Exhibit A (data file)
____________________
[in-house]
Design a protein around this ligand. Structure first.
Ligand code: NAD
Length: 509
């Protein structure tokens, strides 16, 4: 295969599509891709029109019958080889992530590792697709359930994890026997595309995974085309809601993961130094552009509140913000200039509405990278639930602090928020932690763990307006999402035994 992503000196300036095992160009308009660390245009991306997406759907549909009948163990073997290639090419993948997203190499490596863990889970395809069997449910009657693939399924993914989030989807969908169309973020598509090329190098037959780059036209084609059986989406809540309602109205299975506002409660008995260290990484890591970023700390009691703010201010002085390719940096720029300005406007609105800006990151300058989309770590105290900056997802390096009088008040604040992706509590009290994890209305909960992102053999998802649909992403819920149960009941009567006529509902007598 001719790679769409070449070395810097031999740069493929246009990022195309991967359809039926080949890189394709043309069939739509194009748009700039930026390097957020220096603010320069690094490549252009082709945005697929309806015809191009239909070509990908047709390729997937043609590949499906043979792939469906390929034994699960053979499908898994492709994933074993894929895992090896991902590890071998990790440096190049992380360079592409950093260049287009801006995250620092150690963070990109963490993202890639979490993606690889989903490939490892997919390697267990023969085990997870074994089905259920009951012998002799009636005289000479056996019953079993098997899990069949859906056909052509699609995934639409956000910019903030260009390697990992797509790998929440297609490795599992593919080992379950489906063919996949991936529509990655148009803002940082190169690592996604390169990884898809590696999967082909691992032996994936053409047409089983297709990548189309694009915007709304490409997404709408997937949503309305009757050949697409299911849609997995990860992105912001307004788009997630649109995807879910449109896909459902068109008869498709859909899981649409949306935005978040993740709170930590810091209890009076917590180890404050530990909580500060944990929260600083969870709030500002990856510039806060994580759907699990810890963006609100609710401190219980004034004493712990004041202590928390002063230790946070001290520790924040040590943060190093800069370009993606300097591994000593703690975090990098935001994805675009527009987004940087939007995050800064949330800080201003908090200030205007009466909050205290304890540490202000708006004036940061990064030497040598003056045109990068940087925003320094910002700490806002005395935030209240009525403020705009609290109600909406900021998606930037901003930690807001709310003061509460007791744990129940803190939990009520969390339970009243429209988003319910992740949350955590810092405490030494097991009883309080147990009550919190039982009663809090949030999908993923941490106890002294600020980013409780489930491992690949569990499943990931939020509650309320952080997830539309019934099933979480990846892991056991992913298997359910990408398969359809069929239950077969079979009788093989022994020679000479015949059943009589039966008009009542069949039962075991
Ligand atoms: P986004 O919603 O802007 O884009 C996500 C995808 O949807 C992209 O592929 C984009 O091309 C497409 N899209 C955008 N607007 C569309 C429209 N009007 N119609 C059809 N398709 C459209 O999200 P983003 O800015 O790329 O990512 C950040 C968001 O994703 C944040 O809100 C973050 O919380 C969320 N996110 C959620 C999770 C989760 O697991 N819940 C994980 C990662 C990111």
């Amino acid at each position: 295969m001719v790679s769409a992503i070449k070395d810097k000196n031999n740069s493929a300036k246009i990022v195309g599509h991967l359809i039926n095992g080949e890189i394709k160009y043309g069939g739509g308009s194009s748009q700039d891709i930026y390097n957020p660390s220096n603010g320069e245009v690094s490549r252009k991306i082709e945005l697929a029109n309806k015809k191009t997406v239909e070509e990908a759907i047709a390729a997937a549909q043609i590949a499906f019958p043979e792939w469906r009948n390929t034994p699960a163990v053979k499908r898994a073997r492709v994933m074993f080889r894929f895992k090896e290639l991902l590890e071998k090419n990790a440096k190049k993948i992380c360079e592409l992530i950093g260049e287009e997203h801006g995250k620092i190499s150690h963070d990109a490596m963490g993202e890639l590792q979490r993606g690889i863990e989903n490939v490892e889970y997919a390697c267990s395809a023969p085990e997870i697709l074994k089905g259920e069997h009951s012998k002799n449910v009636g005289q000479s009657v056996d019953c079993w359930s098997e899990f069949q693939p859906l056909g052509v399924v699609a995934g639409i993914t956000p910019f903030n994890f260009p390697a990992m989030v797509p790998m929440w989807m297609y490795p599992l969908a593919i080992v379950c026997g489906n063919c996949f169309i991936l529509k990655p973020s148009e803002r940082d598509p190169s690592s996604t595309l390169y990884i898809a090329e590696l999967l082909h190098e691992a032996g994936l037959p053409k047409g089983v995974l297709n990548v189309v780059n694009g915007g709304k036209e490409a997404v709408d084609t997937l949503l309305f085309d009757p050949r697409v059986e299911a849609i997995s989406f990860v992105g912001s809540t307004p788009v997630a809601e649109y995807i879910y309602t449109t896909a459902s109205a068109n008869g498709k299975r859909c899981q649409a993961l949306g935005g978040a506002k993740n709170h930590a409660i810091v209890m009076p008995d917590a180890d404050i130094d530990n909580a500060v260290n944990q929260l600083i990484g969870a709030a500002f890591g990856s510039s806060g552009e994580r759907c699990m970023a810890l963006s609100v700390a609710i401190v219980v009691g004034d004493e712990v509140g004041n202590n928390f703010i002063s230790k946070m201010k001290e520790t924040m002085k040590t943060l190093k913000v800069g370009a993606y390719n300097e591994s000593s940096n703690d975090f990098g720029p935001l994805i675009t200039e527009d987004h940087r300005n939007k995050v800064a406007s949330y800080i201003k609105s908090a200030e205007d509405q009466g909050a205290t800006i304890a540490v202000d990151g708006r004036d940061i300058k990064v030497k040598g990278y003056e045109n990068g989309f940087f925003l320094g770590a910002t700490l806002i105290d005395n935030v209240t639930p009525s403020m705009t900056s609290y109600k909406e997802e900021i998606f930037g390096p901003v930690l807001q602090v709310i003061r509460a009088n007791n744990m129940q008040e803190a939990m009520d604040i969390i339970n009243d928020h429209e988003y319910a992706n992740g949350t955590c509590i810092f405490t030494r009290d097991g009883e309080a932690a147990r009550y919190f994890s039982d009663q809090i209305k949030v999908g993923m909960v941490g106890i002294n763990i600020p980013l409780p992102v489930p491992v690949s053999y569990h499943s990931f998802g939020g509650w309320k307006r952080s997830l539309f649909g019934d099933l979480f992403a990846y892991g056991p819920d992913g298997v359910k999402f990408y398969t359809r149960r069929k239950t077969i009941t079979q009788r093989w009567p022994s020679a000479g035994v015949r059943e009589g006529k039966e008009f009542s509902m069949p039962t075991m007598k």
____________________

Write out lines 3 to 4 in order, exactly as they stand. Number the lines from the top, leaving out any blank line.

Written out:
Ligand code: NAD
Length: 509